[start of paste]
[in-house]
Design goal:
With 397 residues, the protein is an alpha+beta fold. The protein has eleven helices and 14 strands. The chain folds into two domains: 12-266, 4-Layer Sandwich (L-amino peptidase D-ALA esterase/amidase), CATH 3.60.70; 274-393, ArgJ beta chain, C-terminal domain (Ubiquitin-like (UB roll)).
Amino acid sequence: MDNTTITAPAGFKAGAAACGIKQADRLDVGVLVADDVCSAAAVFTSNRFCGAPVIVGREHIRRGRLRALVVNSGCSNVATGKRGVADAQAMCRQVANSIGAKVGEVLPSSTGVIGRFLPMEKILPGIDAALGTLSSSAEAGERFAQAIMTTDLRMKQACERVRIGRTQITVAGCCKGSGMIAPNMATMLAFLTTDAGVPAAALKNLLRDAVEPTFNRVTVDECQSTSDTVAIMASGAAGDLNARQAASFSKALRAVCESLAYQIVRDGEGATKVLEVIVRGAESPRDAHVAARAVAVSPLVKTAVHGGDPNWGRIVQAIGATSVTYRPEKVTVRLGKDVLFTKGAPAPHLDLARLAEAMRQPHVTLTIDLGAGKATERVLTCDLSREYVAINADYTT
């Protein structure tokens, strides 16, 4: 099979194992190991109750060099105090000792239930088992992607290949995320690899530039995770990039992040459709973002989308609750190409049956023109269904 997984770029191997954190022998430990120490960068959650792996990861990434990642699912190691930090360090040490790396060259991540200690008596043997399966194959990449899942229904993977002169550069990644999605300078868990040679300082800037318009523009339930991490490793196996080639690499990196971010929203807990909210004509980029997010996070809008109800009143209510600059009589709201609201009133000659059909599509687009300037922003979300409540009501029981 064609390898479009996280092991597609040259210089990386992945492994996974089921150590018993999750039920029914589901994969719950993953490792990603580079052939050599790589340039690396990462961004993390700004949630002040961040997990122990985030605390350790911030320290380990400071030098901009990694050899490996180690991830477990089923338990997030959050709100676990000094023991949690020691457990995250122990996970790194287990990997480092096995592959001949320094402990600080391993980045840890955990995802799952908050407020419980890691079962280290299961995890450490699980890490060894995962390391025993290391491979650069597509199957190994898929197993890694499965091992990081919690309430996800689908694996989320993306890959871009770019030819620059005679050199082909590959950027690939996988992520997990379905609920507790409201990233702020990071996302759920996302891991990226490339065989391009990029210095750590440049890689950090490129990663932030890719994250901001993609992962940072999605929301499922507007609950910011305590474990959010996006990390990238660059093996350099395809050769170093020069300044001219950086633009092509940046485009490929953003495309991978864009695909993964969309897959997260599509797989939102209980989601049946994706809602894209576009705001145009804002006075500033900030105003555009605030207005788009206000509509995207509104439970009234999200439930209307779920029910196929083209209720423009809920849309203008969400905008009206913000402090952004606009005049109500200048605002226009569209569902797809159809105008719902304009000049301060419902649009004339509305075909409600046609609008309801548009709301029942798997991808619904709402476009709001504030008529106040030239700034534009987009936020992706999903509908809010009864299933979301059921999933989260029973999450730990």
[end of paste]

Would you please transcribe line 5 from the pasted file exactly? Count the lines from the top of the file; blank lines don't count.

């Protein structure tokens, strides 16, 4: 099979194992190991109750060099105090000792239930088992992607290949995320690899530039995770990039992040459709973002989308609750190409049956023109269904 997984770029191997954190022998430990120490960068959650792996990861990434990642699912190691930090360090040490790396060259991540200690008596043997399966194959990449899942229904993977002169550069990644999605300078868990040679300082800037318009523009339930991490490793196996080639690499990196971010929203807990909210004509980029997010996070809008109800009143209510600059009589709201609201009133000659059909599509687009300037922003979300409540009501029981 064609390898479009996280092991597609040259210089990386992945492994996974089921150590018993999750039920029914589901994969719950993953490792990603580079052939050599790589340039690396990462961004993390700004949630002040961040997990122990985030605390350790911030320290380990400071030098901009990694050899490996180690991830477990089923338990997030959050709100676990000094023991949690020691457990995250122990996970790194287990990997480092096995592959001949320094402990600080391993980045840890955990995802799952908050407020419980890691079962280290299961995890450490699980890490060894995962390391025993290391491979650069597509199957190994898929197993890694499965091992990081919690309430996800689908694996989320993306890959871009770019030819620059005679050199082909590959950027690939996988992520997990379905609920507790409201990233702020990071996302759920996302891991990226490339065989391009990029210095750590440049890689950090490129990663932030890719994250901001993609992962940072999605929301499922507007609950910011305590474990959010996006990390990238660059093996350099395809050769170093020069300044001219950086633009092509940046485009490929953003495309991978864009695909993964969309897959997260599509797989939102209980989601049946994706809602894209576009705001145009804002006075500033900030105003555009605030207005788009206000509509995207509104439970009234999200439930209307779920029910196929083209209720423009809920849309203008969400905008009206913000402090952004606009005049109500200048605002226009569209569902797809159809105008719902304009000049301060419902649009004339509305075909409600046609609008309801548009709301029942798997991808619904709402476009709001504030008529106040030239700034534009987009936020992706999903509908809010009864299933979301059921999933989260029973999450730990």